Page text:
I am writing for NotGraphs now and this is my sentimental debut post. I’m not going to add every post I make over there to this blog so go ahead and add the site to your daily reads if you haven’t already. It’ll be worth your while and it is populated by writers much cooler than me. I will be doing some illustrated stuff for them as well! FUN. TIMES.
I LOVE THIS SO MUCH.
(can you tell who I’m researching/drawing tonight for a project?)
WOW. I just stumbled upon the work of Feg Murray while looking up pictures of Kiki Cuyler on google image search. I am blown away. I was just telling Lei-Leen yesterday about how I wish I was born 80 years earlier so I could have been a newspaper comic artist, which is what I really feel like Every Hall of Famer is at it’s heart. And then today, I find this. Feg was primarily known for his “Seeing Stars” series, which featured Hollywood celebrities in a format similar to Ripley’s Believe It Or Not. I can’t find much more info on these baseball drawings, but I am so inspired right now! I just want to draw for days.
Baseball bigwigs, eager to round up all forgotten heroes for next year’s centennial, decided that Dan Casey had valid claim to baseball immortality. This spring Oldster Casey, now 76, was rewarded with a lifetime pass to all ball parks, was introduced to the U. S. public on a radio program. Last week, the Baltimore Orioles, whose feats have been almost as integral a part of baseball folklore as Casey’s, invited the latest Maryland celebrity to stage a revival of Casey-at-the-bat as a prologue to a night game with the Jersey City Giants. It rained on “Casey Night.” Dan Casey, neatly garbed in a business suit and Oriole cap, stepped gingerly to the plate, wrapped his gnarled fingers round a bat for the first time in 40 years. From 2,000 throats or more there rose a lusty yell as Oriole Coach Rogers Hornsby, recent manager of the St. Louis Browns, wound up for the special strikeout.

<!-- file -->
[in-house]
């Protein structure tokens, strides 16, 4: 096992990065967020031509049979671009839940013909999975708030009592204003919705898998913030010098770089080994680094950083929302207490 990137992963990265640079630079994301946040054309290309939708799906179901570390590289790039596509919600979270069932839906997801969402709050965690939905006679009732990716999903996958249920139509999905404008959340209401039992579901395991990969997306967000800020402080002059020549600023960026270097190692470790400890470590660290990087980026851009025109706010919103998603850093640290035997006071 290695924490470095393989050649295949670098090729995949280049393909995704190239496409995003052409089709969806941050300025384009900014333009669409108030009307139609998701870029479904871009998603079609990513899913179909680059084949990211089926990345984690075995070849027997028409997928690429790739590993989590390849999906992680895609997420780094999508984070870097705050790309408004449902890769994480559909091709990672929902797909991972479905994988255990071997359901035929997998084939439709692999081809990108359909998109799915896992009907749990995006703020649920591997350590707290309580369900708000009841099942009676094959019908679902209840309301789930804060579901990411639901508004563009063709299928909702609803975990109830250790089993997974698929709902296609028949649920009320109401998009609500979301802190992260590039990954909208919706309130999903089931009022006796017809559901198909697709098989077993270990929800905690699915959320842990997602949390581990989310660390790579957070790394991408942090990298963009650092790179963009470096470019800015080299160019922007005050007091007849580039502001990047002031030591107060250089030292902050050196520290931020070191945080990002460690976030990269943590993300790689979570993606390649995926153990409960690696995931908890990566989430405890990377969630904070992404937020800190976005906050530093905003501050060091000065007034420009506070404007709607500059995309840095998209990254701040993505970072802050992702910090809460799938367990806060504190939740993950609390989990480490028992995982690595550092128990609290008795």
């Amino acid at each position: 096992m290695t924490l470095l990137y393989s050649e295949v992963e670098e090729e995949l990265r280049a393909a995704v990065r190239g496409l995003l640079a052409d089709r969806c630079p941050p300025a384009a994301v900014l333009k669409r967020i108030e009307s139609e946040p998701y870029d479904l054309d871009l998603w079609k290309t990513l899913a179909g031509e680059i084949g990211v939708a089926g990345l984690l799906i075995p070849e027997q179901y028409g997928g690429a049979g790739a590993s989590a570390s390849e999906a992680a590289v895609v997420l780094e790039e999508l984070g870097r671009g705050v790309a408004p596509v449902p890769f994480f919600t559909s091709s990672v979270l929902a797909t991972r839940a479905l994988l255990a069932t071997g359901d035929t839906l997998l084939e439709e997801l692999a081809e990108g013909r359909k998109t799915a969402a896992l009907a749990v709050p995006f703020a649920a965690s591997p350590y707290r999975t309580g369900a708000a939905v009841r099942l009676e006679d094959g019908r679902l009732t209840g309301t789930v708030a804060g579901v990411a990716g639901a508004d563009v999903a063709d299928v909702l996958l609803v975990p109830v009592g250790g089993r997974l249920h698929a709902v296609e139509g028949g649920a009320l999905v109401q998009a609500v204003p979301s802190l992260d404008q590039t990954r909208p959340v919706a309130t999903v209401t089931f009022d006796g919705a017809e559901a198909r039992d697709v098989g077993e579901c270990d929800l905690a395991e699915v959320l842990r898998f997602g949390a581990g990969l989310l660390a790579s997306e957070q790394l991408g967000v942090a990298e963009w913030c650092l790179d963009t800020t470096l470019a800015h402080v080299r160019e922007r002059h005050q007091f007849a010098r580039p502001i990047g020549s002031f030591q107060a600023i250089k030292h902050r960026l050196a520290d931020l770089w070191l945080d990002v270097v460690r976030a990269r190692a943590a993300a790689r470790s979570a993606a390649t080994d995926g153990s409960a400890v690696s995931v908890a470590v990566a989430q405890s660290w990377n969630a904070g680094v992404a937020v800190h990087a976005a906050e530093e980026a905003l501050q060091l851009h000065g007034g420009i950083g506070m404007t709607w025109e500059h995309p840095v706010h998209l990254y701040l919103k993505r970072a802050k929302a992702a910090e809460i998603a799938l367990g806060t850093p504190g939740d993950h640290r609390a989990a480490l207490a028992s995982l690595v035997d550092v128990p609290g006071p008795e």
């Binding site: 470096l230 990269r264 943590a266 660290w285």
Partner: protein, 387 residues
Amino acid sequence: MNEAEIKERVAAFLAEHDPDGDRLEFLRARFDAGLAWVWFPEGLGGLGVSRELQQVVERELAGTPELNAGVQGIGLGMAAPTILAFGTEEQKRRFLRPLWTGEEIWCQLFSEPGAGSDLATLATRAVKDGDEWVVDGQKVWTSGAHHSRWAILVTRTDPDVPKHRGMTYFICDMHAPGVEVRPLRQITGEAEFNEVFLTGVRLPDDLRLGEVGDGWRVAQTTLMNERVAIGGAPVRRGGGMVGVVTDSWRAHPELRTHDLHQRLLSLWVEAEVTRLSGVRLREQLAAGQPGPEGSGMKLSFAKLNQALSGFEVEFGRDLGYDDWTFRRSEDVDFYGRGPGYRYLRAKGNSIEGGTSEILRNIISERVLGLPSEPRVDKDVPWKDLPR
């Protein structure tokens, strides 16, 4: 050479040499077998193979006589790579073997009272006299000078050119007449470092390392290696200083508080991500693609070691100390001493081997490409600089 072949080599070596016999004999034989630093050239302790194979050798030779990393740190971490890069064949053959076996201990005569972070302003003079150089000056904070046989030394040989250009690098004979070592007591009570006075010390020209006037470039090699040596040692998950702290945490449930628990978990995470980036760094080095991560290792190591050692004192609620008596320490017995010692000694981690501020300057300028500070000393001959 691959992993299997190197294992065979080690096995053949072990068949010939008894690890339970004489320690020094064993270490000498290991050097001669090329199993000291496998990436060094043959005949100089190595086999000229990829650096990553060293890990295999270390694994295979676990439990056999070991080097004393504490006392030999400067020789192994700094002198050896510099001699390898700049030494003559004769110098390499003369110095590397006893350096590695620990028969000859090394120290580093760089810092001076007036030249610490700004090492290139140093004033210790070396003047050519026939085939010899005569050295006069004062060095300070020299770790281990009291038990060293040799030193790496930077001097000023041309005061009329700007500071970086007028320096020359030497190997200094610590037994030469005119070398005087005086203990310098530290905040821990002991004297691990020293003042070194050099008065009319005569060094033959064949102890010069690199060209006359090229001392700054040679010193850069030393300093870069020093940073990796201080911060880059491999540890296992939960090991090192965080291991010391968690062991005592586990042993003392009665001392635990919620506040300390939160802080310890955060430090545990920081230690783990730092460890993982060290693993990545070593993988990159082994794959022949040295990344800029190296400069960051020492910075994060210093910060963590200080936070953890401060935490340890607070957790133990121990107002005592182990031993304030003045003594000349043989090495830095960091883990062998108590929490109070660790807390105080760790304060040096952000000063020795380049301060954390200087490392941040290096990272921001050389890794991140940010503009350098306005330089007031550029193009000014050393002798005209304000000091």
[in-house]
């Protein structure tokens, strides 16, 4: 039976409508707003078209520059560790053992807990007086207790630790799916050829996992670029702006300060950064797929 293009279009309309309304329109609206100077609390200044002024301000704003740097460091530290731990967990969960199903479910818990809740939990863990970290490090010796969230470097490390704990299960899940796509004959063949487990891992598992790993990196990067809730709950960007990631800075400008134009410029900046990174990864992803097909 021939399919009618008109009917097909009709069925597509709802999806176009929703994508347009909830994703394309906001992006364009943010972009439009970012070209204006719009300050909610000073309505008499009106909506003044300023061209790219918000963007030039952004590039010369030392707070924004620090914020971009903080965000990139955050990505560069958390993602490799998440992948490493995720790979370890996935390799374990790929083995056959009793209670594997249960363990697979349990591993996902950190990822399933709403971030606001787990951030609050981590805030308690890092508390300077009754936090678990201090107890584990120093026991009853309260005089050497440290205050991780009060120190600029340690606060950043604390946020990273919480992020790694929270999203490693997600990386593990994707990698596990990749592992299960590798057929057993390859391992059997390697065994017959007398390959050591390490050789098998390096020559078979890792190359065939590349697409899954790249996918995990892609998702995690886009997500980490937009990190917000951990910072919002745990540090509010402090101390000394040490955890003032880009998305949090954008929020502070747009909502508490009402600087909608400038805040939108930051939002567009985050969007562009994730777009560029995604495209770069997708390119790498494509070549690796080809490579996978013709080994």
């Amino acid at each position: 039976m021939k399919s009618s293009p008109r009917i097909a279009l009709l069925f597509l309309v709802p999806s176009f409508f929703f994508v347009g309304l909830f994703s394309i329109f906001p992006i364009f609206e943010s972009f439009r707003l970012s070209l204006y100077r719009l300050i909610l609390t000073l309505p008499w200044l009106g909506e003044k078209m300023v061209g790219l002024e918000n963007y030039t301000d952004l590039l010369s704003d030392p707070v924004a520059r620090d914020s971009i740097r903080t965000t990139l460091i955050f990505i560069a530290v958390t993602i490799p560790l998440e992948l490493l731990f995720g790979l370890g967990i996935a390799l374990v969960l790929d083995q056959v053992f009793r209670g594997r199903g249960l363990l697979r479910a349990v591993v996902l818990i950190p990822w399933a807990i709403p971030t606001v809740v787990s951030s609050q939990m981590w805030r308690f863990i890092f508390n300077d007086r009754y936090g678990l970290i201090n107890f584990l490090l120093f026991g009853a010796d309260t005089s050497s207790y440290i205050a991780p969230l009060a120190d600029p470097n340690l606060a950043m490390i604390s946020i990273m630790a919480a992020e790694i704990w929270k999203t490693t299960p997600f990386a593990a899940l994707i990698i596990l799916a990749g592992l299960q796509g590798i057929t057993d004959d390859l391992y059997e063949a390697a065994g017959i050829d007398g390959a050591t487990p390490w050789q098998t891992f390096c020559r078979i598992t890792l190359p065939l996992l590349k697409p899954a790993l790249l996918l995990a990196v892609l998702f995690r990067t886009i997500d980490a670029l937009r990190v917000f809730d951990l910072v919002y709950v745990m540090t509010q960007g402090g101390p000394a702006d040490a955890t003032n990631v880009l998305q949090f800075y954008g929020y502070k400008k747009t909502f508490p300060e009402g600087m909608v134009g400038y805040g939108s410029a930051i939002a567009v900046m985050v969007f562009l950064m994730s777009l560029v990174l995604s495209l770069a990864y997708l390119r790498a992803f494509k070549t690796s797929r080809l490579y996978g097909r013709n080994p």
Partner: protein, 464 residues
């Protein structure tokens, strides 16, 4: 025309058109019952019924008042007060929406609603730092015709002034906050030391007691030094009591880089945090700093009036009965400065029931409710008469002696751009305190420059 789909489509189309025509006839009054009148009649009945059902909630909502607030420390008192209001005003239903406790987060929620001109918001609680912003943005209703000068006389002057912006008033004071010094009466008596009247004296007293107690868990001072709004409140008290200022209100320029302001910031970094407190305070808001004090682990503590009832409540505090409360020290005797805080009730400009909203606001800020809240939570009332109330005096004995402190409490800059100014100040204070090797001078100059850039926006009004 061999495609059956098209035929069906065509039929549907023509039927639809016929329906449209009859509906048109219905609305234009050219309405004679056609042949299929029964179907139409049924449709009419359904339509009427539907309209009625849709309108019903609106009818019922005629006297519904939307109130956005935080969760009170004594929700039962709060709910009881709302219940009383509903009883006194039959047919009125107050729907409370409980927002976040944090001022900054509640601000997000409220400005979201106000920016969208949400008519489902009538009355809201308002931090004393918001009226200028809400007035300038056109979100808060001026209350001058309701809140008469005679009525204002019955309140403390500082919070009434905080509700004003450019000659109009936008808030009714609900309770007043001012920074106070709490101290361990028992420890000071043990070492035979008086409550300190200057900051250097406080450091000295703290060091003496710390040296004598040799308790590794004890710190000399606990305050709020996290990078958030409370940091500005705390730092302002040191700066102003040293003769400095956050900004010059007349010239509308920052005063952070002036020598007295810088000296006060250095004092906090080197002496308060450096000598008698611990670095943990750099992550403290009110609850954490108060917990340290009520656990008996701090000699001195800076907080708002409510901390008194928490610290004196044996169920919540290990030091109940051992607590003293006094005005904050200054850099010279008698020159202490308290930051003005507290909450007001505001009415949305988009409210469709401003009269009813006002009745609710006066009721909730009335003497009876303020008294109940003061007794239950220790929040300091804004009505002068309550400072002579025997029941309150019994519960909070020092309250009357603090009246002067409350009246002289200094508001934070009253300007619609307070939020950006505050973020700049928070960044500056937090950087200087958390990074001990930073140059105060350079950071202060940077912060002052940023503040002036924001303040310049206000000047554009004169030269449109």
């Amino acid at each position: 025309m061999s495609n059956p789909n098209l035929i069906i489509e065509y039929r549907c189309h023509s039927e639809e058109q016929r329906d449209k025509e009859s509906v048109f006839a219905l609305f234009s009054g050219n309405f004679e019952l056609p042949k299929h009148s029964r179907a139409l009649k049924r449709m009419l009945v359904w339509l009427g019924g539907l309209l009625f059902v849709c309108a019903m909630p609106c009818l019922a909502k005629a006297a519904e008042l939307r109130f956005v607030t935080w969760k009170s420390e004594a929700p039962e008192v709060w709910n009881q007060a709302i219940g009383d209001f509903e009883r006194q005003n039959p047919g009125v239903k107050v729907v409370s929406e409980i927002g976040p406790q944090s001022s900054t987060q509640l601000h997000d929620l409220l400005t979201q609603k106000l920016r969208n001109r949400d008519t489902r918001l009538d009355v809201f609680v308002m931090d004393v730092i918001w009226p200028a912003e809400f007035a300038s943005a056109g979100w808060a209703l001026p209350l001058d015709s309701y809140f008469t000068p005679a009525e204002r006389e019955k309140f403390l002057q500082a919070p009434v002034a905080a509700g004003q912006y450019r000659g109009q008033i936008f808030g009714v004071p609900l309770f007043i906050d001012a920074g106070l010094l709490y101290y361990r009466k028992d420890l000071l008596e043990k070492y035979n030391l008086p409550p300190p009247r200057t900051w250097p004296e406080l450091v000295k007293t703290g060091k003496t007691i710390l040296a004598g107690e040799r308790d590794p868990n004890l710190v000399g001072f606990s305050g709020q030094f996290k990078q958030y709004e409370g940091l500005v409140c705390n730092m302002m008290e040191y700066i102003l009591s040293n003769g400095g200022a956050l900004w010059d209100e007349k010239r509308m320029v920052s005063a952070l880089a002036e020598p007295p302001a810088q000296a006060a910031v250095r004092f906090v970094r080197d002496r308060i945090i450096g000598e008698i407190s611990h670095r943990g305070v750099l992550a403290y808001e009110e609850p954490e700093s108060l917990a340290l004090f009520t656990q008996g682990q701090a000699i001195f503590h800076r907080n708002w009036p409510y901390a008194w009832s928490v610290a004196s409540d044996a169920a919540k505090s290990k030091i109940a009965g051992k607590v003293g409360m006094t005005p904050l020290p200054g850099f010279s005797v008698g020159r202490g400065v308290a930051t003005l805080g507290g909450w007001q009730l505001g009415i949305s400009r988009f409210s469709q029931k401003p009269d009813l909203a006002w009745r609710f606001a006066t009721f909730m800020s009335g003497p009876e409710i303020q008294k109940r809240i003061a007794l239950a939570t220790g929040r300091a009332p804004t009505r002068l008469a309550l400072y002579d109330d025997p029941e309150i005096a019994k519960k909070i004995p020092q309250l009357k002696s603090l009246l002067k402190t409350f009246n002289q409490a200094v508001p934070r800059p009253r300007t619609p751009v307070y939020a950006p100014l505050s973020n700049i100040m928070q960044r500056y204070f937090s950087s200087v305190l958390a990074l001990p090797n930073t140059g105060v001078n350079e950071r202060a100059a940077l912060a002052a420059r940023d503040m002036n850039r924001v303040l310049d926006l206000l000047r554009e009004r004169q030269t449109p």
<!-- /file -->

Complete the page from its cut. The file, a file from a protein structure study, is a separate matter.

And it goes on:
In Bellevue, where Chris still gets up each day for work at 5:30 a.m., the phone doesn’t ring quite as often with the happy promise of his son’s voice. “I used to hear from him every night, even when he played in the Cape Cod League,” Chris says. “As soon as he got to the majors, I [started to] hear from him about once a week. But I understand.
“Timmy’s kind of like my soul mate. I pray for only one thing, and it’s for my sons, and it’s not about the most wins or getting rich. I pray my kids are safe and healthy.”
And suddenly Chris, who is to elocution what Tim is to velocity, actually pauses. There is silence for one beat. When he resumes talking, his voice is much softer, as if now he were speaking only to himself.
“I miss the hell out of him.”
…via the reliably awesome Justin Cox, who said “I am in love with this photo” — & I share his feelings! Also sharing in his upset that A League of Their Own is no longer streaming on netflix. I had it stashed in my queue for a night when it would be needed.
[noted in the comments, but to make it official: this was snagged from the entertaining uniwatch flickr page]
Lincecum doesn’t watch a lot of pregame film, as many pitchers do, to look for vulnerabilities in the hitters he’s about to face. “I stick to my strengths as opposed to going after everyone’s weaknesses,” he told me. “If you can hit it, come hit it.”
I’d like to think that I have the same attitude about life as Timmeh does about pitching.